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Cyber 3.0: Where the semantic web and cyber meet

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While on one hand, cyber is positioned to dramatically facilitate the process of knowledge discovery and sharing among people, on the other, companies of all sizes must now secure terabytes and petabytes of data

The term "Cyber 3.0" has been used mostly in reference to the strategy described by U.S. Deputy Defense Secretary William Lynn at an RSA conference. In his Cyber 3.0 strategy, Lynn stresses a five-part plan as a comprehensive approach to protect critical assets. The plan involves equipping military networks with active defenses, ensuring civilian networks are adequately protected, and marshaling the nation's technological and human resources to maintain its status in cyberspace .

Cyber 3.0 technologies will be the key to enable such protection, and is achieved when the semantic Web's automated, continuous machine learning is applied to cyber security and surveillance .

Cyber 3.0 will be the foundation for a future in which machines drive decision-making. But Cyber 3.0's ability to deliver greater visibility, control and context have far-reaching implications in our current, hyper-connected environment, where massive amounts of information move easily and quickly across people, locations, time, devices and networks. It is a world where human intervention and intelligence alone simply can't sift through and analyze information fast enough. Indeed, arming cyber security organizations with the incisive intelligence afforded by this machine learning means cyber security incidents are identified and security policies are enforced before critical assets are compromised.

The Perfect Storm: Confluence of Hyper-Connectivity, Mobility and Big Data
In order to stress the full weight of the meaning of Cyber 3.0, it is important to first put the state of our networked world into perspective. We can start by stating categorically that the Internet is changing: Access, content, and application creation and consumption are growing exponentially.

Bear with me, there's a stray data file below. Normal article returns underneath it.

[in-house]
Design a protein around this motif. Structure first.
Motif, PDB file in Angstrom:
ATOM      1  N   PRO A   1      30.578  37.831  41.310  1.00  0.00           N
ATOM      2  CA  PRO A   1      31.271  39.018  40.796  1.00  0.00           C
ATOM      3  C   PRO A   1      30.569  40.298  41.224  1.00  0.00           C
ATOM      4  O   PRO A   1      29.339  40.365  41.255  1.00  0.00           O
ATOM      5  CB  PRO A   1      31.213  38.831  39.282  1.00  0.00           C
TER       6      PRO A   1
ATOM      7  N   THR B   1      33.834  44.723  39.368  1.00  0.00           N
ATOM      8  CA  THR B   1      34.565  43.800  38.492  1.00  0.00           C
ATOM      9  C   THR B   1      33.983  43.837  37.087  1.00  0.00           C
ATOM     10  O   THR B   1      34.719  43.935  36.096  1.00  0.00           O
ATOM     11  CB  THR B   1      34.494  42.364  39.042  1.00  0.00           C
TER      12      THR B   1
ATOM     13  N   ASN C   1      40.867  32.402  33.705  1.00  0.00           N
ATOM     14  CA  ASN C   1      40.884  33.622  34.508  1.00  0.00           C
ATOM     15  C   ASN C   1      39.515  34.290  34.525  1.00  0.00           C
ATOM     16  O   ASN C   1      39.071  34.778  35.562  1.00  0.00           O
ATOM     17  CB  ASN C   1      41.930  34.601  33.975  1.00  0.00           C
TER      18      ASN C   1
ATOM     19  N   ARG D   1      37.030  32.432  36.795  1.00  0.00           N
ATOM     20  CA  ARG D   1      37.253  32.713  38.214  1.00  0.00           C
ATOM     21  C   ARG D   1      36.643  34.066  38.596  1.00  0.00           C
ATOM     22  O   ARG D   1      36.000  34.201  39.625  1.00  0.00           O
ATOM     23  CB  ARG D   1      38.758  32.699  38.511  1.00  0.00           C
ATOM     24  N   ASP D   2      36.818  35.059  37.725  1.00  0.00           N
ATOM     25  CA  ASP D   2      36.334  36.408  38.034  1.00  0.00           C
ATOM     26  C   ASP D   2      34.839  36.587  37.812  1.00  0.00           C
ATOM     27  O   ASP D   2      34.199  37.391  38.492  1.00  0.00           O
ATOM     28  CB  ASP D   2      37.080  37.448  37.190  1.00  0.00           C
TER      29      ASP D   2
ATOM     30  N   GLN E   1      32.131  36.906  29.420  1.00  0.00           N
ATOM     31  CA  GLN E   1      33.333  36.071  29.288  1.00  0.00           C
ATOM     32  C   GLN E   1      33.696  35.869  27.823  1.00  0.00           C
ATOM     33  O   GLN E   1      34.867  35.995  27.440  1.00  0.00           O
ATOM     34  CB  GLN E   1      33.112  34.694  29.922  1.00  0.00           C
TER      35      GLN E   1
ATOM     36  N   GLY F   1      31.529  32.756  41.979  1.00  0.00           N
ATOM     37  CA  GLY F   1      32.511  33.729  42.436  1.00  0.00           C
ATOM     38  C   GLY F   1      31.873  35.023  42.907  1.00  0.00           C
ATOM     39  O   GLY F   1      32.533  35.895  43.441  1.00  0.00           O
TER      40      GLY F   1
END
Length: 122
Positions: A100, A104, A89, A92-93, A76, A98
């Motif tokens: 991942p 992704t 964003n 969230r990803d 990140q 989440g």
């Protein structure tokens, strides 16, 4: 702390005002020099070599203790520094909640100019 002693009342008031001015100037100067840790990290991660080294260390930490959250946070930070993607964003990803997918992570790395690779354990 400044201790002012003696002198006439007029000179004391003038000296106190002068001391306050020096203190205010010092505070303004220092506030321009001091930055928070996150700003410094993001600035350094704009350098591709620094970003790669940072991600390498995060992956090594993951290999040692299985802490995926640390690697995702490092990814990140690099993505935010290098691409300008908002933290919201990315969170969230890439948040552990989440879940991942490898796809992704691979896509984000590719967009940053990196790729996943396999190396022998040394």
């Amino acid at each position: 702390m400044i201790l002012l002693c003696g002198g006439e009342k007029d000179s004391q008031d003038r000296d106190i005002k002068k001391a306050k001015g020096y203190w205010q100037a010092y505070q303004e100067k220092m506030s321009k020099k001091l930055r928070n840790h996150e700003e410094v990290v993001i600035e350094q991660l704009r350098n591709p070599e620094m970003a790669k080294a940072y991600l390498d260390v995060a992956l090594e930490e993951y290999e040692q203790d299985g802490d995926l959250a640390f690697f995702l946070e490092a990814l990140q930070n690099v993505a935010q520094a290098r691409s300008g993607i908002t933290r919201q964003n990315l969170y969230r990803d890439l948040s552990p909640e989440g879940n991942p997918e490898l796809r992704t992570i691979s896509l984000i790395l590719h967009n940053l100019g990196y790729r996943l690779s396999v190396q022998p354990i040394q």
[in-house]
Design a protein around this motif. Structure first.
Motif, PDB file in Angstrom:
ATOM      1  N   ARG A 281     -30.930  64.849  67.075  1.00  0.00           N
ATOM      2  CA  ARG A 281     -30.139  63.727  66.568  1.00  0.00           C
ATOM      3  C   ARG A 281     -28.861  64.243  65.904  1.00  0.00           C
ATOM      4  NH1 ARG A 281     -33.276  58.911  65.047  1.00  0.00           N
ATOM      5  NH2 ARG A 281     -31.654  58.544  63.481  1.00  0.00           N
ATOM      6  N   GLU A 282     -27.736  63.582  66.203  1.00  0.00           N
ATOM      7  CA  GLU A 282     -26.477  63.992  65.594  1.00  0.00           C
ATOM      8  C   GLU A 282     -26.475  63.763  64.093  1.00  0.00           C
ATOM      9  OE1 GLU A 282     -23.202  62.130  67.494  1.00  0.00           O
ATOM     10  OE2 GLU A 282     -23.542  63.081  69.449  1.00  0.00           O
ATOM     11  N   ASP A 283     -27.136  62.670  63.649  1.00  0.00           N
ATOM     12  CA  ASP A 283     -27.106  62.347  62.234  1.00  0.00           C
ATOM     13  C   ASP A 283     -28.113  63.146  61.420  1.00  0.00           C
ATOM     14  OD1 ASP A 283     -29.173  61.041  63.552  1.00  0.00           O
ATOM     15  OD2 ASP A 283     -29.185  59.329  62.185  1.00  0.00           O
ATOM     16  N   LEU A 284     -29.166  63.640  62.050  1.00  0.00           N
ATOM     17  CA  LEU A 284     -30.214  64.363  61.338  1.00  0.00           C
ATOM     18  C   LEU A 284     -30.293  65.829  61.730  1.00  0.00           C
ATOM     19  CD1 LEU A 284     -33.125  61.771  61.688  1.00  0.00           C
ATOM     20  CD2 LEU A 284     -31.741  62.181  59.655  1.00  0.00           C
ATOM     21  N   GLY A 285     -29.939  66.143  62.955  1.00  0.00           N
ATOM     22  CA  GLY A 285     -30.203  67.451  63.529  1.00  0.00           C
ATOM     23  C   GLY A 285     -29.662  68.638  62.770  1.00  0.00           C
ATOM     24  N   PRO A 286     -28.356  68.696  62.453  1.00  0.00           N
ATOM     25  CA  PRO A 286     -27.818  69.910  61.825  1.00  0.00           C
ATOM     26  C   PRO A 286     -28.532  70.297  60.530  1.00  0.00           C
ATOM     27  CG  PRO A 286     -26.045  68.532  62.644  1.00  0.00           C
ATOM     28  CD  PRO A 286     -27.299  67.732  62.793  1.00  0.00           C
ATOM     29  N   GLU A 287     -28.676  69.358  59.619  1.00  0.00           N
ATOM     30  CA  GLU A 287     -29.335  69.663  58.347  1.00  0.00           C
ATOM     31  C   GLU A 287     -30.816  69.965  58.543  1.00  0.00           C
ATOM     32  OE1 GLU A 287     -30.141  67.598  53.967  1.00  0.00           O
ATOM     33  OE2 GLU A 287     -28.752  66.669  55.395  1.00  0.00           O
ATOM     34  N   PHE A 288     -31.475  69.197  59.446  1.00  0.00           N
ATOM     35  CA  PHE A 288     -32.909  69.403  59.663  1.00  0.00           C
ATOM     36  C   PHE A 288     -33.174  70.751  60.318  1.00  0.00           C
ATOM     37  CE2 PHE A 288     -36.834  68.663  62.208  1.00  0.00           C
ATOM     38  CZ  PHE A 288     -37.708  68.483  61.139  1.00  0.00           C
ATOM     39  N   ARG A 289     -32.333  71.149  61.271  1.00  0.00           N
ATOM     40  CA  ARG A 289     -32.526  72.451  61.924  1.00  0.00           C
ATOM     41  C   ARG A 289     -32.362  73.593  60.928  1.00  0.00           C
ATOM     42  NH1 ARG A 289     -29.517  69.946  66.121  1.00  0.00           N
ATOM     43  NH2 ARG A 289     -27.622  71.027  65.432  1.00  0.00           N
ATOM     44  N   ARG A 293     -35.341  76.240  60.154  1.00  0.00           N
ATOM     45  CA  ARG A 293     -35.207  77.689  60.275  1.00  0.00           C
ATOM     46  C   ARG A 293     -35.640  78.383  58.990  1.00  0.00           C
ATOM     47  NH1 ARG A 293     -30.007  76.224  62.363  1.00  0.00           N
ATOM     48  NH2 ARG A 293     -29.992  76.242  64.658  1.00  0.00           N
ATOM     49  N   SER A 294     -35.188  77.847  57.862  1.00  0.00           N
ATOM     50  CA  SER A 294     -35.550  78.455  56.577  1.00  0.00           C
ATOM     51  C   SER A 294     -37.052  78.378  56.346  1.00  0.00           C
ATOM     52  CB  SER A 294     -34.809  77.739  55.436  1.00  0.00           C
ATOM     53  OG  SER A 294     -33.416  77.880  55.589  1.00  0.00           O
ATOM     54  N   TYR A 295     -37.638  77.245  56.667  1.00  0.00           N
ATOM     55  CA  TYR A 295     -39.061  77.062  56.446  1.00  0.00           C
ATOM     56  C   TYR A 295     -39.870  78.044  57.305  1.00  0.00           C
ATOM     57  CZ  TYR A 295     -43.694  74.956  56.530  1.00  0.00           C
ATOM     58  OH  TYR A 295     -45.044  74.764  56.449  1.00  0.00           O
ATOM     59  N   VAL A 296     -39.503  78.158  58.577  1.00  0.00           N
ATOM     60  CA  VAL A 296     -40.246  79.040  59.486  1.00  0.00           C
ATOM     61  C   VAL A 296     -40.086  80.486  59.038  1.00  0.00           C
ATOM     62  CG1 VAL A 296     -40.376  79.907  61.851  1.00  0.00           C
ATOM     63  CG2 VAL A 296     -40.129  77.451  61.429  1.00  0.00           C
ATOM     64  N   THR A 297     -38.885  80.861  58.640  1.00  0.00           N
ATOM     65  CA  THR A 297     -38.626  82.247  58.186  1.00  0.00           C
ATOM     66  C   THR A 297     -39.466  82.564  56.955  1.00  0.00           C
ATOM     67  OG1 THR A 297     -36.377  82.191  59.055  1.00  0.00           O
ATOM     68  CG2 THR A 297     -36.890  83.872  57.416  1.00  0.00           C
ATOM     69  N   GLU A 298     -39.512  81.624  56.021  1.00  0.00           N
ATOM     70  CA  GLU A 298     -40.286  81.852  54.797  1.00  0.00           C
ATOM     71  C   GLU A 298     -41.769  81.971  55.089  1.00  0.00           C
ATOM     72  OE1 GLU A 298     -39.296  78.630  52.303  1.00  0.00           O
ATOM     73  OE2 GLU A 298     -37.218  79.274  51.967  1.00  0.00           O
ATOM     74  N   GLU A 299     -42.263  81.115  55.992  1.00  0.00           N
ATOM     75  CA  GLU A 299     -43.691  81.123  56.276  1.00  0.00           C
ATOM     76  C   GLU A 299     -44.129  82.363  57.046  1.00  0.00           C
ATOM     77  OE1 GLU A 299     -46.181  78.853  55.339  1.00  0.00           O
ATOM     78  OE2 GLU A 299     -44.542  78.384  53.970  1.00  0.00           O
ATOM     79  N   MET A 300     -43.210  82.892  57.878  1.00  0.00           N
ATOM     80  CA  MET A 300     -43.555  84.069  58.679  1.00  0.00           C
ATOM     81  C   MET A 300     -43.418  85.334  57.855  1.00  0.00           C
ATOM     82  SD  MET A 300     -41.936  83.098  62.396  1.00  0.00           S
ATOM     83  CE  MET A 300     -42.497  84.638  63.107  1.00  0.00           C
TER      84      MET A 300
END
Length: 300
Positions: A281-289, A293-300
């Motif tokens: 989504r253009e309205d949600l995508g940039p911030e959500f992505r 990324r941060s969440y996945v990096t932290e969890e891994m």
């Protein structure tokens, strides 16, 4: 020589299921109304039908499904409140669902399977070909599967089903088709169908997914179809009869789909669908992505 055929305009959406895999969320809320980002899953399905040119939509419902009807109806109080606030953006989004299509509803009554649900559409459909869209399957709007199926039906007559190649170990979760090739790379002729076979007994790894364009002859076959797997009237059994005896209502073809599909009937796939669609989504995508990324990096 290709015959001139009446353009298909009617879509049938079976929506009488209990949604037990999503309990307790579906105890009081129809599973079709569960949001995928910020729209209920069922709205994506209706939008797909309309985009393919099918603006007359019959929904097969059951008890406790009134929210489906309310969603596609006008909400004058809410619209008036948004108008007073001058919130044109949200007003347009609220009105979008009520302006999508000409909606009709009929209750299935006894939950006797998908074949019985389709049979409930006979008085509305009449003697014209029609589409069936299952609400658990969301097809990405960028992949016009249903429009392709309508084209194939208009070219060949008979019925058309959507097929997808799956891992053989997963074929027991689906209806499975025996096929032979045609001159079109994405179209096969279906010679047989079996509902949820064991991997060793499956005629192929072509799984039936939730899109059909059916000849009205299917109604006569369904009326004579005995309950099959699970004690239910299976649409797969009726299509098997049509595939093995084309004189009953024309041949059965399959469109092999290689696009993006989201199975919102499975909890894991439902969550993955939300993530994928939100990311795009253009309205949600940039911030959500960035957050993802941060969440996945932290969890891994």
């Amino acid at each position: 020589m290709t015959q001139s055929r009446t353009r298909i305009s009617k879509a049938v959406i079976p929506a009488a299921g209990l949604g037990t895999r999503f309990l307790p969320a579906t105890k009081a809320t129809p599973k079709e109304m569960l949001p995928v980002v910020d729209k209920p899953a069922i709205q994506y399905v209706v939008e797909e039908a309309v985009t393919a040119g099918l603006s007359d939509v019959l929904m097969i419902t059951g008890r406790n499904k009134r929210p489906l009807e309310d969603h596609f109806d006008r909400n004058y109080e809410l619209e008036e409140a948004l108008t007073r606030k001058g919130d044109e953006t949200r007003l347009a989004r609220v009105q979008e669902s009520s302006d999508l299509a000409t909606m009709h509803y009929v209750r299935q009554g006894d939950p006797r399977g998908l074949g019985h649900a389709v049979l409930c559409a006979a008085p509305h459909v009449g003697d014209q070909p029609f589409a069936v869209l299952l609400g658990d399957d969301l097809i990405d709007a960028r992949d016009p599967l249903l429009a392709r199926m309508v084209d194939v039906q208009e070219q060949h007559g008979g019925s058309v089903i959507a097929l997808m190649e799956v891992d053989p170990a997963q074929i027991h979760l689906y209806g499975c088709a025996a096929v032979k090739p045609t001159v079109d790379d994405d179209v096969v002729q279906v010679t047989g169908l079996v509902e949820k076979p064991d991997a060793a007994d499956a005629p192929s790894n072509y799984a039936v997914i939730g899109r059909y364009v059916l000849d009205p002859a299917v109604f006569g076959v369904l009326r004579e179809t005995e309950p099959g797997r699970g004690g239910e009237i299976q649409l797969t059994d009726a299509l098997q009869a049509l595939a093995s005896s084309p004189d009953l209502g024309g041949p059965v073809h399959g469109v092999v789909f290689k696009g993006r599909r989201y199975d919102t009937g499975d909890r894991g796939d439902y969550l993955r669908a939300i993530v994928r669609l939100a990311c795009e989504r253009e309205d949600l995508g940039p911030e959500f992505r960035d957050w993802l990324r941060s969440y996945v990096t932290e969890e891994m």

From narrowband to broadband, from kilobits to gigabits, from talking people to talking things, our networked world is changing forever. Today, the Internet is hyper-connecting people who are now enjoying super-fast connectivity anywhere, anytime and via any device. They are always on and always on the move, roaming seamlessly from network to network. Mobile platforms and applications only extend this behavior. As people use a growing collection of devices to stay connected (i.e., laptops, tablets, smartphones, televisions), they change the way they work and collaborate, the way they socialize, the way they communicate, and the way they conduct business.

Add to this the sheer enormity of digital information and devices that now connect us: Cisco estimates that by 2015, the amount of data crossing the Internet every five minutes will be equivalent to the total size of all movies ever made, and that annual Internet traffic will reach a zettabyte - roughly 200 times the total size of all words ever spoken by humans . On a similar note, the number of connected devices will explode in the next few years, reaching an astonishing 50 billion by 2020 . By this time, connected devices could even outnumber connected people by a ratio of 6-to-1 . This interconnectedness indeed presents a level of productivity and convenience never before seen, but it also tempts fate: The variety and number of endpoints - so difficult to manage and secure - invite cyber breaches, and their hyper-connectivity guarantees the spread of cyber incidents as well as a safe hiding place for malicious machines and individuals engaged in illegal, dangerous or otherwise unsavory activities.

Cyber is nonetheless integral to our everyday lives. Anything we do in the cyber world can be effortlessly shifted across people, locations, devices and time. While on one hand, cyber is positioned to dramatically facilitate the process of knowledge discovery and sharing among people (increasing performance and productivity and enabling faster interaction), on the other, companies of all sizes must now secure terabytes and petabytes of data. That data enters and leaves enterprises at unprecedented rates, and is often stored and accessed from a range of locations, such as from smartphones and tablets, virtual servers, or the cloud.

On top of all this, all the aforementioned endpoints have their own security needs, and the cyber security challenge today lies in how to control, manage and secure large volumes of data in increasingly vulnerable and open environments. Specifically, cyber security organizations need answers to how they can:

• Ensure visibility by keeping pace with the unprecedented and unpredictable progression of new applications running in their networks
• Retain control by staying ahead of the bad guys (for a change), who breach cyber security perimeters to steal invaluable corporate information or harm critical assets
• Position themselves to better define and enforce security policies across every aspect of their network (elements, content and users) to ensure they are aligned with their mission and gain situational awareness
• Understand context and slash the investigation time and time-to-resolution of a security problem or cyber incident

Unfortunately, cyber security organizations are impeded from realizing any of these. This is because their current solutions require human intervention to manually correlate growing, disparate data and identify and manage all cyber threats. And human beings just don't scale.


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